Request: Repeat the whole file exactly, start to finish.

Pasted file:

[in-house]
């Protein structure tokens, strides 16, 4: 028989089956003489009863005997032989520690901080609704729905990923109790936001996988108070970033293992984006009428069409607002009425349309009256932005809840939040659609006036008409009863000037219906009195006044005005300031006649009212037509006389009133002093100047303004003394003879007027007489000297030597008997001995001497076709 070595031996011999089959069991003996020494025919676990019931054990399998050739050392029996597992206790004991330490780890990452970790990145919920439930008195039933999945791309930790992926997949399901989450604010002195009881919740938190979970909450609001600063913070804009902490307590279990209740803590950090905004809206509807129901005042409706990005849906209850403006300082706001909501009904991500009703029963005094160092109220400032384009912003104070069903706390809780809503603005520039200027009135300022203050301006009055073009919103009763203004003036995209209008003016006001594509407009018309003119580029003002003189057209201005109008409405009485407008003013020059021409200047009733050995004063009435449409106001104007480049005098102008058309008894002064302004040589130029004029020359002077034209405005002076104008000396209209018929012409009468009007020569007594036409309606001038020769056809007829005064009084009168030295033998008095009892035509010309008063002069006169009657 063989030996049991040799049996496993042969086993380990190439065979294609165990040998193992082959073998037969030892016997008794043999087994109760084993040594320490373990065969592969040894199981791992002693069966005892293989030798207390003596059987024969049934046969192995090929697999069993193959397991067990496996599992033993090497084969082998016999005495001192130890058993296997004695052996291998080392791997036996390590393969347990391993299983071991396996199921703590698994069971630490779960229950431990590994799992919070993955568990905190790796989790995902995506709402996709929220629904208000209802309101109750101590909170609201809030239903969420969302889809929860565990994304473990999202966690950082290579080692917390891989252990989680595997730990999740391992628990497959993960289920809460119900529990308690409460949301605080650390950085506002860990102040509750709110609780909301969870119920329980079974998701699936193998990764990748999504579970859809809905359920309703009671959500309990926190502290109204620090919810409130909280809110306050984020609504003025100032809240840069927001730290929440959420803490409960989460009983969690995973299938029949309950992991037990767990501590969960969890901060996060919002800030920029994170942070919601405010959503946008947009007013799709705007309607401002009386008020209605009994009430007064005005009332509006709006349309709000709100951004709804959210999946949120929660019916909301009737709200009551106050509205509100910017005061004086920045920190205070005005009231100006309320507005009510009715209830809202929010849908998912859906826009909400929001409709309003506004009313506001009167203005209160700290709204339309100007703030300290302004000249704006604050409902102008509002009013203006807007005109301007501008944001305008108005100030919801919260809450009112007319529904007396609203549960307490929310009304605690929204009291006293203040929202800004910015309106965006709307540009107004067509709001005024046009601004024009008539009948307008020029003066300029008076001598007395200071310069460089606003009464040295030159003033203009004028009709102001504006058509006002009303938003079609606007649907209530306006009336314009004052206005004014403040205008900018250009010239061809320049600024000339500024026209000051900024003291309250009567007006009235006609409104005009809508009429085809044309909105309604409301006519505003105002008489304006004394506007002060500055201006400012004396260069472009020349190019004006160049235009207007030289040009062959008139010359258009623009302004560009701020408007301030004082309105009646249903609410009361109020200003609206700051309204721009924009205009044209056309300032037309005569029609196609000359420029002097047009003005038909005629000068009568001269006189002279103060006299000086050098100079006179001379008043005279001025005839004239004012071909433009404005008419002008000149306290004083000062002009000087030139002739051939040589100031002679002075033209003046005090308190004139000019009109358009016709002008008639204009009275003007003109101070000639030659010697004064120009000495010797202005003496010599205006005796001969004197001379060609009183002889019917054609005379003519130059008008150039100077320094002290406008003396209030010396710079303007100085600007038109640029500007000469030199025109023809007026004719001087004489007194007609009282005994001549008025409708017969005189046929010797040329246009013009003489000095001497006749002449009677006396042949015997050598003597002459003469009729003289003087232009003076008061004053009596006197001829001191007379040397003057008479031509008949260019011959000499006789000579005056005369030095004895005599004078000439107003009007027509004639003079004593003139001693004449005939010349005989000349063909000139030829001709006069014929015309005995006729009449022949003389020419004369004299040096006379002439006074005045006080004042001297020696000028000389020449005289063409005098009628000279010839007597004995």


[in-house]
């Protein structure tokens, strides 16, 4: 028989089956003489009863005997032989520690901080609704729905990923109790936001996988108070970033293992984006009428069409607002009425349309009256932005809840939040659609006036008409009863000037219906009195006044005005300031006649009212037509006389009133002093100047303004003394003879007027007489000297030597008997001995001497076709 070595031996011999089959069991003996020494025919676990019931054990399998050739050392029996597992206790004991330490780890990452970790990145919920439930008195039933999945791309930790992926997949399901989450604010002195009881919740938190979970909450609001600063913070804009902490307590279990209740803590950090905004809206509807129901005042409706990005849906209850403006300082706001909501009904991500009703029963005094160092109220400032384009912003104070069903706390809780809503603005520039200027009135300022203050301006009055073009919103009763203004003036995209209008003016006001594509407009018309003119580029003002003189057209201005109008409405009485407008003013020059021409200047009733050995004063009435449409106001104007480049005098102008058309008894002064302004040589130029004029020359002077034209405005002076104008000396209209018929012409009468009007020569007594036409309606001038020769056809007829005064009084009168030295033998008095009892035509010309008063002069006169009657 063989030996049991040799049996496993042969086993380990190439065979294609165990040998193992082959073998037969030892016997008794043999087994109760084993040594320490373990065969592969040894199981791992002693069966005892293989030798207390003596059987024969049934046969192995090929697999069993193959397991067990496996599992033993090497084969082998016999005495001192130890058993296997004695052996291998080392791997036996390590393969347990391993299983071991396996199921703590698994069971630490779960229950431990590994799992919070993955568990905190790796989790995902995506709402996709929220629904208000209802309101109750101590909170609201809030239903969420969302889809929860565990994304473990999202966690950082290579080692917390891989252990989680595997730990999740391992628990497959993960289920809460119900529990308690409460949301605080650390950085506002860990102040509750709110609780909301969870119920329980079974998701699936193998990764990748999504579970859809809905359920309703009671959500309990926190502290109204620090919810409130909280809110306050984020609504003025100032809240840069927001730290929440959420803490409960989460009983969690995973299938029949309950992991037990767990501590969960969890901060996060919002800030920029994170942070919601405010959503946008947009007013799709705007309607401002009386008020209605009994009430007064005005009332509006709006349309709000709100951004709804959210999946949120929660019916909301009737709200009551106050509205509100910017005061004086920045920190205070005005009231100006309320507005009510009715209830809202929010849908998912859906826009909400929001409709309003506004009313506001009167203005209160700290709204339309100007703030300290302004000249704006604050409902102008509002009013203006807007005109301007501008944001305008108005100030919801919260809450009112007319529904007396609203549960307490929310009304605690929204009291006293203040929202800004910015309106965006709307540009107004067509709001005024046009601004024009008539009948307008020029003066300029008076001598007395200071310069460089606003009464040295030159003033203009004028009709102001504006058509006002009303938003079609606007649907209530306006009336314009004052206005004014403040205008900018250009010239061809320049600024000339500024026209000051900024003291309250009567007006009235006609409104005009809508009429085809044309909105309604409301006519505003105002008489304006004394506007002060500055201006400012004396260069472009020349190019004006160049235009207007030289040009062959008139010359258009623009302004560009701020408007301030004082309105009646249903609410009361109020200003609206700051309204721009924009205009044209056309300032037309005569029609196609000359420029002097047009003005038909005629000068009568001269006189002279103060006299000086050098100079006179001379008043005279001025005839004239004012071909433009404005008419002008000149306290004083000062002009000087030139002739051939040589100031002679002075033209003046005090308190004139000019009109358009016709002008008639204009009275003007003109101070000639030659010697004064120009000495010797202005003496010599205006005796001969004197001379060609009183002889019917054609005379003519130059008008150039100077320094002290406008003396209030010396710079303007100085600007038109640029500007000469030199025109023809007026004719001087004489007194007609009282005994001549008025409708017969005189046929010797040329246009013009003489000095001497006749002449009677006396042949015997050598003597002459003469009729003289003087232009003076008061004053009596006197001829001191007379040397003057008479031509008949260019011959000499006789000579005056005369030095004895005599004078000439107003009007027509004639003079004593003139001693004449005939010349005989000349063909000139030829001709006069014929015309005995006729009449022949003389020419004369004299040096006379002439006074005045006080004042001297020696000028000389020449005289063409005098009628000279010839007597004995």